Essential Oral Healthcare During Cancer Treatment
Oral side effects are easier to prevent than to control
Jill Meyer-Lippert, RDH
Oncology and dentistry are often viewed as separate and unrelated areas of healthcare. However, as oral health has proven to impact a variety of health issues (such as cardiovascular disease, diabetes, and Alzheimer's disease), problems in one's mouth can have serious implications during cancer treatments and throughout survivorship.
Since avoiding oral health problems is far easier than repairing damage, a dental visit prior to starting cancer treatments can not only improve one's quality of life, but improve the potential for more successful treatment outcomes.
The value of dental care before starting cancer treatments includes:
Establish a baseline
Accurate oral health records can help determine immediate versus future dental needs. The baseline information will also enable the dental provider to gauge the level of changes that occur in the mouth during cancer treatments. Reviewing the effectiveness of any procedures or preventive strategies that are implemented can help determine if alterations are necessary to achieve the best results. Baseline records can also potentially aid in future coverage by insurance and other benefit programs by establishing what conditions were present or absent prior to treatments.
Treat/remove active decay and infection
Dental disease and high levels of bacterial plaque on teeth and gum tissue can accentuate side effects associated with various treatments for cancer, including chemotherapy drugs, radiation to the head and neck region, bone marrow transplants, and some targeted therapies. Removing or repairing caries, damaged teeth, and areas causing tissue irritation enhances comfort and the ability to chew effectively for proper nutrition needed to maintain weight and strength.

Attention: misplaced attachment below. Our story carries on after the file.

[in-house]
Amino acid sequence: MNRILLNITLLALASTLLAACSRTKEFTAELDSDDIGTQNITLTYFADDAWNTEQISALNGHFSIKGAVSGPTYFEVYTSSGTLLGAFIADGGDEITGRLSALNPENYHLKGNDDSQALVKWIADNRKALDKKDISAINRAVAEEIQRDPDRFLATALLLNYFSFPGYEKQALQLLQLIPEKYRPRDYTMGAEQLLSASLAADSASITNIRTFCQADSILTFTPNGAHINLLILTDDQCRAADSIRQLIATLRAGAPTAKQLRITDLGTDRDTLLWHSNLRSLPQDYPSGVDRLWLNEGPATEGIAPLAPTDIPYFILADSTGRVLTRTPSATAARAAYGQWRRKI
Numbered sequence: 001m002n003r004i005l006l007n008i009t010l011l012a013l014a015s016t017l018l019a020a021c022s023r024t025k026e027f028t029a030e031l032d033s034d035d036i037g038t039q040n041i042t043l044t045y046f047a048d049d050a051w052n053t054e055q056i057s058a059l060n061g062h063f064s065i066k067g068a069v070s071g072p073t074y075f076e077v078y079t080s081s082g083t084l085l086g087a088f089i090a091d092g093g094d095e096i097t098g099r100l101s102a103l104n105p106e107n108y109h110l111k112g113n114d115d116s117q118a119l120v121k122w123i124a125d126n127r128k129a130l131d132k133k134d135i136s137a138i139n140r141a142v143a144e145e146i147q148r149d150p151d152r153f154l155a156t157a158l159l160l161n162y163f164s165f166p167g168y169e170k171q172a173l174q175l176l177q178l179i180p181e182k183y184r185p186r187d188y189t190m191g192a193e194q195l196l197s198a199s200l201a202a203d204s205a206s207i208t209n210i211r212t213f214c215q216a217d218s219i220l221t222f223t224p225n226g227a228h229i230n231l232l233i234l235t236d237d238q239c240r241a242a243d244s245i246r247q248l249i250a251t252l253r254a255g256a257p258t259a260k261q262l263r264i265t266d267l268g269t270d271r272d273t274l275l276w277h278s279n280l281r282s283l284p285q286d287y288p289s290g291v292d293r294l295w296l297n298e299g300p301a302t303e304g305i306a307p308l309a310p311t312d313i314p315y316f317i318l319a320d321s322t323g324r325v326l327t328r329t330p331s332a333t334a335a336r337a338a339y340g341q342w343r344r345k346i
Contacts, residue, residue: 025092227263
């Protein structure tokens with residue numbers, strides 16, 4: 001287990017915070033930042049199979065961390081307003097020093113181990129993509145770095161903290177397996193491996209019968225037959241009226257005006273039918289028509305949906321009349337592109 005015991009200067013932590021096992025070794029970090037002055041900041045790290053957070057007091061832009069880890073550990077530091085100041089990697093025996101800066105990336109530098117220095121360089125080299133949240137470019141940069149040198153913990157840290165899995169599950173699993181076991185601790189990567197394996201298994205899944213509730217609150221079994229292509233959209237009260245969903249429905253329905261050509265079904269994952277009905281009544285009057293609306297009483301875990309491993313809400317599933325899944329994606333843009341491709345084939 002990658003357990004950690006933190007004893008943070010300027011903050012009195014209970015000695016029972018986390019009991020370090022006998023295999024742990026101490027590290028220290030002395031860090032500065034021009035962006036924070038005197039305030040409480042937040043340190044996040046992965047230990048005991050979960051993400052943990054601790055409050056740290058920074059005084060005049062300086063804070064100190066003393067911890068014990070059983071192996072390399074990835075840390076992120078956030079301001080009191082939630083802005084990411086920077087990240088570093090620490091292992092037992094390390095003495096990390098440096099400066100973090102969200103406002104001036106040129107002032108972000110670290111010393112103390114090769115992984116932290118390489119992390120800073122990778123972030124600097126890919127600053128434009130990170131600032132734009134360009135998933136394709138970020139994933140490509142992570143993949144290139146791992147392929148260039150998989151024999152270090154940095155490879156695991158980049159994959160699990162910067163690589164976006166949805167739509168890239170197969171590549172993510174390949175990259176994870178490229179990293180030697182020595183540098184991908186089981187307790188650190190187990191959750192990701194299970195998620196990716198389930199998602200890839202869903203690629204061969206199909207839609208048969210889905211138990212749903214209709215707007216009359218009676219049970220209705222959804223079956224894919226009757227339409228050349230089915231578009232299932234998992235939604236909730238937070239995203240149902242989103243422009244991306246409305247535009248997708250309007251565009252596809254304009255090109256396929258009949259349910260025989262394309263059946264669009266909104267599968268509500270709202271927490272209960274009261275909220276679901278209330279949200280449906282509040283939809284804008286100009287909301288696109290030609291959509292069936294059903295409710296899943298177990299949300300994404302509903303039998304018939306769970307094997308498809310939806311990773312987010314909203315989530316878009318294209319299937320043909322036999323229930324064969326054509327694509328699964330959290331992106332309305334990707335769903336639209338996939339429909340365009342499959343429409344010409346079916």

Many types of cancer therapies affect blood cells. When the white blood count decreases, it becomes more difficult for the body to fight infection. If infection is present inside the mouth, it can potentially spread throughout the body. Low platelet levels make the blood less likely to clot efficiently. In those cases, bleeding gums can become a serious and urgent complication. Proactive oral care will reduce the risks of mouth problems that may cause alterations or delays in treatments.
Anticipate problems and provide preventive care
Oral side effects are much easier to prevent than to control once they have started. Once the problems begin, they tend to reoccur and become more severe as the course of treatment moves forward. The patient's nurse navigator and the dental team can work together to anticipate what side effects may occur during the treatment process and develop a prevention plan. While not all medical or dental professionals have training in the specialized area known as dental oncology, online resources are available for guidance.
Patient education and modified oral hygiene instructions
It is important for patients to take an active role in their care. This requires being aware of what oral problems may occur and understanding what measures can be taken to reduce these risks. Using the proper oral care tools, techniques, and products each day can make a world of difference during this time. Make sure these recommendations are coming from a trusted source, as advertisements may be misleading or provide incomplete information. Practitioners can help patients avoid masking one issue only to cause a different problem.
Establish a follow-up plan to achieve improved quality of life into survivorship
Some oral side effects may stop as soon as treatments are complete. Others may take more time to resolve, while others, in some cases, may never subside. Catching problems early helps to reduce the complexity of the solution. Dental check-ups should also include a yearly thorough screening for oral cancers. Making a commitment to continue personal and professional oral healthcare routines throughout survivorship will provide greater protections against the physical, emotional, and financial stresses that dental disease can cause.
Dental care is an important part of systemic healthcare. Including oral health measures throughout the cancer treatment process can help provide greater patient comfort, quality of life, and treatment outcomes.
About the Author
Jill Meyer-Lippert, RDH
Founder, Side Effect Support, LLC